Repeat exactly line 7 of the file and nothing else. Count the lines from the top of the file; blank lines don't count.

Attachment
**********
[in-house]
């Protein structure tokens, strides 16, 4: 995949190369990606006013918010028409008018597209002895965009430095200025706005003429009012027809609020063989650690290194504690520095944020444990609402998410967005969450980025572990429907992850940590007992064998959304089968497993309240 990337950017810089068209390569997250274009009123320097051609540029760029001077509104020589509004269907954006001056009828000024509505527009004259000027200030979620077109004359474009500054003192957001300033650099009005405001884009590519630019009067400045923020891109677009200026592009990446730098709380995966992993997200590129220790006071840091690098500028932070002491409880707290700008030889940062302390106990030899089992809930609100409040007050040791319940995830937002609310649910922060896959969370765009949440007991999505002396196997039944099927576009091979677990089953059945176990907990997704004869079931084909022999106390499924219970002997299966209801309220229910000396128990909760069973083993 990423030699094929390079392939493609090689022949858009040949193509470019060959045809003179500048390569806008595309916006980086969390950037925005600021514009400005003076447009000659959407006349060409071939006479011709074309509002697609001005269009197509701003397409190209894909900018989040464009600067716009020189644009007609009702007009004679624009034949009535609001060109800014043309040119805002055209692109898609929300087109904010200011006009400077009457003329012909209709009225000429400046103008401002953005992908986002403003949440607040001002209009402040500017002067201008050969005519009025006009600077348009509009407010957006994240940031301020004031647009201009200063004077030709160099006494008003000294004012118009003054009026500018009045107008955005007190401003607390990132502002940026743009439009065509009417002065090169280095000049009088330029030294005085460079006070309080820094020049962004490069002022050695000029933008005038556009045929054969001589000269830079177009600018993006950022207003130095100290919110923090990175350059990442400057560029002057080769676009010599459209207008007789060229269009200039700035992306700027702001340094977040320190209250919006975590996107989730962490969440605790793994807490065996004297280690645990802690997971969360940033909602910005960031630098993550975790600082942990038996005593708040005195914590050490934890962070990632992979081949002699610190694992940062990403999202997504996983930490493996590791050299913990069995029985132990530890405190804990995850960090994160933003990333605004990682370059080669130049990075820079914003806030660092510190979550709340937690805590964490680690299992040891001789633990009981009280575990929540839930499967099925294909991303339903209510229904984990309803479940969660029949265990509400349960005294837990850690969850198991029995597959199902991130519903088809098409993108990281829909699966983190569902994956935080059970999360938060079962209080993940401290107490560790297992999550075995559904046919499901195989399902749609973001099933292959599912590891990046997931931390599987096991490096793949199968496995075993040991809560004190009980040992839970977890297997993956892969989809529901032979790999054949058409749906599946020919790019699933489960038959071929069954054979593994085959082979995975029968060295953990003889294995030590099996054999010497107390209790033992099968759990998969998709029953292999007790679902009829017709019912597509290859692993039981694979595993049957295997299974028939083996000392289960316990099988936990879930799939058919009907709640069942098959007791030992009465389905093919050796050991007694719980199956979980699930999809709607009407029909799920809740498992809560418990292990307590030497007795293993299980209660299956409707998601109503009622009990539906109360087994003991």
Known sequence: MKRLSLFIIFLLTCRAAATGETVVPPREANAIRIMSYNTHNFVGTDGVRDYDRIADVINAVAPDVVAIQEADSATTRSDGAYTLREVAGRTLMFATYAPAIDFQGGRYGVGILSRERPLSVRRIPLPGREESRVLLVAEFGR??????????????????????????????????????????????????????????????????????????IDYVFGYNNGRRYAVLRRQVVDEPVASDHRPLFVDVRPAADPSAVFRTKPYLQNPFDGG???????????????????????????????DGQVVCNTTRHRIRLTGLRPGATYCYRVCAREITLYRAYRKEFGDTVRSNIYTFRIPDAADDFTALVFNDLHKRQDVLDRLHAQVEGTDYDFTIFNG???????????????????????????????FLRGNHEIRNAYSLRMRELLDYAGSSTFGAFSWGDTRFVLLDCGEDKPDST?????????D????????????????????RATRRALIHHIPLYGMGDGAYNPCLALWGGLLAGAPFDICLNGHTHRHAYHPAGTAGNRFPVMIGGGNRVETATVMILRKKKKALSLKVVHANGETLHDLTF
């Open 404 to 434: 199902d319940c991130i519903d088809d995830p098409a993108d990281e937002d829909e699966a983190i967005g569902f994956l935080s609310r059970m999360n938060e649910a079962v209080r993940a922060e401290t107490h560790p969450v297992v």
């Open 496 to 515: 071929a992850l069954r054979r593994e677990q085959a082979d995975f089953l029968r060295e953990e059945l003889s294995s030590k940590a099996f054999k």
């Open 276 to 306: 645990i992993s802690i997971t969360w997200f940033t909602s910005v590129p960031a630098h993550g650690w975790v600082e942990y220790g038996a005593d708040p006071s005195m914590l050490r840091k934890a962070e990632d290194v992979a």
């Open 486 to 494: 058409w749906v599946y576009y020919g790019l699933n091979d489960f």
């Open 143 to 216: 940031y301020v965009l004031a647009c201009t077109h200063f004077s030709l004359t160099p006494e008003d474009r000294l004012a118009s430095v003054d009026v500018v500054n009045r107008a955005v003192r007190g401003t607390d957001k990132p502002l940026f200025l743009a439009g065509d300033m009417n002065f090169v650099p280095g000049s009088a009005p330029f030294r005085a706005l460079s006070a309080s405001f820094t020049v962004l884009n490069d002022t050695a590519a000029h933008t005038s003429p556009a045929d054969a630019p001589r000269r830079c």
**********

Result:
């Open 486 to 494: 058409w749906v599946y576009y020919g790019l699933n091979d489960f």